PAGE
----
Addressing Investor Anxiety
This might sound a bit counterintuitive at first, but the best way for your deal to reach an investor is actually for them to feel like they discovered you organically. This can take many forms: coming across a glowing review from your customer; hearing about you from an unbiased, trustworthy third party (perhaps a founder in their portfolio); viewing a talk you gave at a conference or a thought piece you wrote demonstrating your unique insight, etc.
Wrapping Up: Tactical Takeaways
Here are a few key takeaways to keep in mind:
• Be prepared to address investor anxiety: Remember that investors will be wondering why they’re seeing your deal. Make sure the way that you reached them, or better yet the way they discovered you- feels authentic.
• Position yourself to be discovered by investors: The best way for an investor to learn about your deal is either through an unbiased, trusted source without ulterior motives AND when they feels they've discovered you organically.
• Highlight customer testimonials: Positive reviews from customers or users can be highly indicative of positive traction and persuasive to potential investors.
• Coach your connector: If you provide a template for the introduction, ensure it allows your connector's authentic tone to come through. It shouldn't be too salesy. The connection request should signal genuine excitement and not push the investor too hard.
Don't rush the process. Just like selling that pen, it's all about understanding your buyer.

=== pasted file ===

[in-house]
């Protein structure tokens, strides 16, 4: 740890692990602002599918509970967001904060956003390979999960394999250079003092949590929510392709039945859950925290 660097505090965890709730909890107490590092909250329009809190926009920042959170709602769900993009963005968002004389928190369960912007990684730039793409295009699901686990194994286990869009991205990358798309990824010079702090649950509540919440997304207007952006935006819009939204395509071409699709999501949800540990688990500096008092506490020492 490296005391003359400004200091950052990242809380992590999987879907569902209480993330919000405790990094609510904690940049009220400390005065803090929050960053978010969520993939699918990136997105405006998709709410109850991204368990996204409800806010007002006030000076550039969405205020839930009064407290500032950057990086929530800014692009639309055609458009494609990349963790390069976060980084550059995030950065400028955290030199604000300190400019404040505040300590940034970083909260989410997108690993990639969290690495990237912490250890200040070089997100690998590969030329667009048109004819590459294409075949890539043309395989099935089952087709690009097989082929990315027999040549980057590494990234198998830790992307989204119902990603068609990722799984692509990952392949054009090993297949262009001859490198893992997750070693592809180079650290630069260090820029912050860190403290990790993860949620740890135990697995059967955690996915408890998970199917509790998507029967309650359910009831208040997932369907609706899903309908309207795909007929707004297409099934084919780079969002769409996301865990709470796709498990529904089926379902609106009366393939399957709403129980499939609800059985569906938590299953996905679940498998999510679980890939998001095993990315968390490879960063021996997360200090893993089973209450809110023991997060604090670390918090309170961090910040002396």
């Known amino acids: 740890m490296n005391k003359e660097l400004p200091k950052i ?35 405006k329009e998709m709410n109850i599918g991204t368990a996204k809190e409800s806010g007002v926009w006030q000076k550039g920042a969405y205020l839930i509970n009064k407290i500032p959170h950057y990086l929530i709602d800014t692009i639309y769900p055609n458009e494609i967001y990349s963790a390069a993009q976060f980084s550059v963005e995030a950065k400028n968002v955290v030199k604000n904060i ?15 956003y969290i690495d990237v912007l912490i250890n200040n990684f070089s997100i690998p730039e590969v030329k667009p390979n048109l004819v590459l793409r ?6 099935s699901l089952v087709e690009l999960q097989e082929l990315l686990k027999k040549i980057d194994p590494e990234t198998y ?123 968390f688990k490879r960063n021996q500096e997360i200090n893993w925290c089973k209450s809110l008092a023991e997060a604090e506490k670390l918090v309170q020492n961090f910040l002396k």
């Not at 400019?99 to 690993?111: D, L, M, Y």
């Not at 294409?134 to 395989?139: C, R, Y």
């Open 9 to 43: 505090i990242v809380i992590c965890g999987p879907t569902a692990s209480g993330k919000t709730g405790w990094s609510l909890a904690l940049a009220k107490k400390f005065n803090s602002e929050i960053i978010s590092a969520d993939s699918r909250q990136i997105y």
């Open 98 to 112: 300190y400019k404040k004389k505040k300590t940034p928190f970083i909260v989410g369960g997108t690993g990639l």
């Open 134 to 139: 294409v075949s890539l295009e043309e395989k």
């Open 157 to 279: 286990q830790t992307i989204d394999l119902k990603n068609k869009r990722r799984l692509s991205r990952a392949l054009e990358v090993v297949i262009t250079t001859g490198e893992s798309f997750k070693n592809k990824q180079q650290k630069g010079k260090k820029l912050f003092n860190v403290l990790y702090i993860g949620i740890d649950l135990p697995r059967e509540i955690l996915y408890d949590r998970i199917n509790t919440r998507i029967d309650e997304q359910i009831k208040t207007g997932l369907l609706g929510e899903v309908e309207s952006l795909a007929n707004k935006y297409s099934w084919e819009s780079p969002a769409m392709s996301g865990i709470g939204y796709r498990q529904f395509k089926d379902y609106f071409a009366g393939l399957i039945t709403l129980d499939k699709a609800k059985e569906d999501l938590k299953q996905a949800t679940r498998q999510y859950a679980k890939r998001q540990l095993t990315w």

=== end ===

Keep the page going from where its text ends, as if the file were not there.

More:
Trying a small version of this with my niece at the moment... gifting her a business plan for free to start making money online. This is the way to go
I bought my 16 year-old son a small e-commerce business for $10k on . We work on it after school.
It did $6k in revenue before we purchased it in January and it just passed the $50k mark.
— Craig Fuller 🛩🚛🚂⚓️ (@FreightAlley)
Sep 8, 2023
It's always great to have more people singing the praises of process. The lesson doesn't stick until people hear it a few times from a variety of sources.
A FLOOD of startups are raising before the end of the year.
The top 10% will get it done fast, but HOW you run a process is key for the rest.
Every Primary portco creates an FAQ doc and they share it after the first meeting
Here's why + an outline that helped 1 co raise >$400M
— Jason Shuman (@JasonrShuman)
Sep 18, 2023
🍿One of the most epic things I’ve seen this year- 👑🎶🕺 vs. 🎭
A note on getting MORE LEVERAGE for your startup
I’m obsessed with outsourcing tasks in my company to EAs and I think you should be too.
If you’re into the idea of finding great talent overseas for $5-8/hr, stay tuned as I write essays on hiring EAs and develop tools to help. Until then…go on and read this short post I slapped together on the why, how and DISCOUNTS of hiring EAs. If you’re lazy and impatient or just hungry for the discounts👇